I was doing this behind her back, yes, but since my first big purge, I have gotten rid of hundreds of toys...and she has only asked about one. Yes, ONE. She literally has not noticed what I have gotten rid of. This makes me feel fully confident that 1.) she has way too much stuff, and 2.) I shouldn't feel guilty because she has more than enough stimulating her. Granted, she's noticed more clothing, but if she asks about something, I remind her why it's gone, i.e. it was too small or there were holes in it.
I Empowered Them
I would love to secretly get rid of all their least favorite items and give them a minimalistic room and closet that satisfies my de-cluttering soul - but - I know that it's just not fair to them. I wouldn't want my mother coming into my room today and going through my things without my consent, so I don't have the right to do it to them. Of course, I have gotten rid of things that they truly don't use, like all of the broken, incomplete and obsolete toys, non-essential items, and clothing that doesn't fit. But as far as things that are in perfectly good condition, I try to include my children when de-cluttering so that they are empowered by their decision.
Of course, my 2-year-old is not ready to make these decisions. My 4-year-old is definitely involved. At the end of the day, though, when it comes to approaching these kinds of decisions, each kid is different, regardless of age. You know your child best and whether they can or can't handle de-cluttering their things.
I De-cluttered My Stuff Before Theirs
Your kids look to you for everything; they're watching more closely what you do rather than what you say. And they're going to model themselves after you. So if you do your stuff before your kids' stuff, that's a powerful lesson to teach. If they see you de-cluttering your closet, then doing theirs won't seem as unfair to them. If they are used to living in a clutter-free home, it will feel natural to have a clutter-free bedroom.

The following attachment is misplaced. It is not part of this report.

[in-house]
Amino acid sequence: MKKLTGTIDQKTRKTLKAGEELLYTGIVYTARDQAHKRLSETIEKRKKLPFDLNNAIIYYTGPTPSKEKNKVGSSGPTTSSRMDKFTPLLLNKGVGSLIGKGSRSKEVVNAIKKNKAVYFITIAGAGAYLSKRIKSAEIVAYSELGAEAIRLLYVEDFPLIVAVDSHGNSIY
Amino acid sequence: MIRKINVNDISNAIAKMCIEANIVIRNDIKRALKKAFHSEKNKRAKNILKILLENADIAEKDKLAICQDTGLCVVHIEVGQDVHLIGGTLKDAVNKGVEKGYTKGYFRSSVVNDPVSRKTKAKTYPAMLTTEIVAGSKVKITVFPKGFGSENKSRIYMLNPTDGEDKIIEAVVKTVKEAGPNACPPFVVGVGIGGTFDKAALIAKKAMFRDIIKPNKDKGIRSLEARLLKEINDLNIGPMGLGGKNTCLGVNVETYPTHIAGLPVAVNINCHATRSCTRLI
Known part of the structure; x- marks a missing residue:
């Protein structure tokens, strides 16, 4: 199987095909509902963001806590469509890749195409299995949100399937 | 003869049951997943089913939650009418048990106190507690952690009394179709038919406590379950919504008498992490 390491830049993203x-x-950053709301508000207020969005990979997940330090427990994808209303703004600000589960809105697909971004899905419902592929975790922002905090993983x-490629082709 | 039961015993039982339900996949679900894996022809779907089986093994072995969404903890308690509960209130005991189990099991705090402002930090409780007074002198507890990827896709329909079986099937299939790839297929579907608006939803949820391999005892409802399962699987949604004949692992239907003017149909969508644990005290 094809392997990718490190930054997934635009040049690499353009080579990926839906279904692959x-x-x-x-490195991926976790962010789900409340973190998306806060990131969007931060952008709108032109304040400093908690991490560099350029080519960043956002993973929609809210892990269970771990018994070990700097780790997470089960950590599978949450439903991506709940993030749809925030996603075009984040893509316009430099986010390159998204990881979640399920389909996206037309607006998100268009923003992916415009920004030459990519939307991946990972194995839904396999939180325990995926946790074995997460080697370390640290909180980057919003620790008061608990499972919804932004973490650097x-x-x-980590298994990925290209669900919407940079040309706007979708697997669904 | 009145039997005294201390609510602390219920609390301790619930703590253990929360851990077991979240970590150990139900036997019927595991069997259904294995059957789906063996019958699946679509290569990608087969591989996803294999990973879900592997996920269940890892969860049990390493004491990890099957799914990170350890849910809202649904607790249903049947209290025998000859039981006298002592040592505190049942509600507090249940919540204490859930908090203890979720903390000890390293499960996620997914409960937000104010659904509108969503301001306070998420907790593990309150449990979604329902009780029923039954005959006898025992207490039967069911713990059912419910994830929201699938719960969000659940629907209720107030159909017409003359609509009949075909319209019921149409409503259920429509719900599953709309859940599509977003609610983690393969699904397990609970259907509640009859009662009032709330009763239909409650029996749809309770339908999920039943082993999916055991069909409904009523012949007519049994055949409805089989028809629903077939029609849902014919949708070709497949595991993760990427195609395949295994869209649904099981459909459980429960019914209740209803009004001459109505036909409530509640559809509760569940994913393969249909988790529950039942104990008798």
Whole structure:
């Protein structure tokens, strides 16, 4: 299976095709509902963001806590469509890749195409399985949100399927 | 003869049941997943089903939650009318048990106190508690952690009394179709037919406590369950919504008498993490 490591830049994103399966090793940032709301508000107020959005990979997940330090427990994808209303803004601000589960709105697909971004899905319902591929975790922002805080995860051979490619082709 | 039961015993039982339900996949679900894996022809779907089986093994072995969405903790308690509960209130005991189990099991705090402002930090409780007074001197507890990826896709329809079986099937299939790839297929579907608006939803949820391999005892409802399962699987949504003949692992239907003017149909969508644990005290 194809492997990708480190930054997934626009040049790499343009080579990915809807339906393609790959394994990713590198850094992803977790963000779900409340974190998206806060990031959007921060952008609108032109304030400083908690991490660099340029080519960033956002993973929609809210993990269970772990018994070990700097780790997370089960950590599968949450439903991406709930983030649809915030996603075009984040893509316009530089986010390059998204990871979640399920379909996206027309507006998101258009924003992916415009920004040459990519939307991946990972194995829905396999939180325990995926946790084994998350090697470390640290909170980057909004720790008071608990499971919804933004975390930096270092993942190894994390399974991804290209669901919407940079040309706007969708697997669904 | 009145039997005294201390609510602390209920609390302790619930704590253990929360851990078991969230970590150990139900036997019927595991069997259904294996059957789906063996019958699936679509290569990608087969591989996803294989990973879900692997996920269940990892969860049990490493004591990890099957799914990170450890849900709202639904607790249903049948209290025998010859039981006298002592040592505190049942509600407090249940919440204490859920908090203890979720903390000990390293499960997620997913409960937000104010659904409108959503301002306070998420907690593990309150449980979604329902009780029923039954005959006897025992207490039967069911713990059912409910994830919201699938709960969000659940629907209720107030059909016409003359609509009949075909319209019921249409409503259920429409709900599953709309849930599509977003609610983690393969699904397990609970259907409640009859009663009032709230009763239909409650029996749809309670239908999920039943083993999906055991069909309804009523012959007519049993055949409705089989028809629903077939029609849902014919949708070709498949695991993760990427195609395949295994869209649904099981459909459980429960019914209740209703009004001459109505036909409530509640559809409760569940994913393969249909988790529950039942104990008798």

I know, I know. The toys are probably driving you the most insane, and you'd rather start there. But de-cluttering is a commitment, no matter how big or how small. Chances are, you have some stuff to go through, too. When you start with your things, however small, it will give you the motivation to keep going. Small wins make a big impact!
- I suggest not sending your kids old toys to grandma and grandpa's house. This is not teaching them to live with less or to be happy with people. This is just teaching them to rotate their things.
- Consign whatever you can to make some cash. If you are like most Americans, you have some sort of debt. Consign your kids' items and put it towards your debt or something useful, like their college fund or a family vacation. Less debt + more money = less stress. Use this as a chance to get ahead! Because you won't use the money to buy something shiny and new to bring into the house, right? ; ) Find a list of local consignment shops in the Charleston area here.
- If possible, bring your kids with you when you donate their stuff. Donating gently-used items to a local charity or shelter that can use them is such a fulfilling feeling, and one I highly suggest sharing with your kids so they can see exactly the kind of impact their decisions make. Check out a few local organizations in the Charleston area that accept donations here.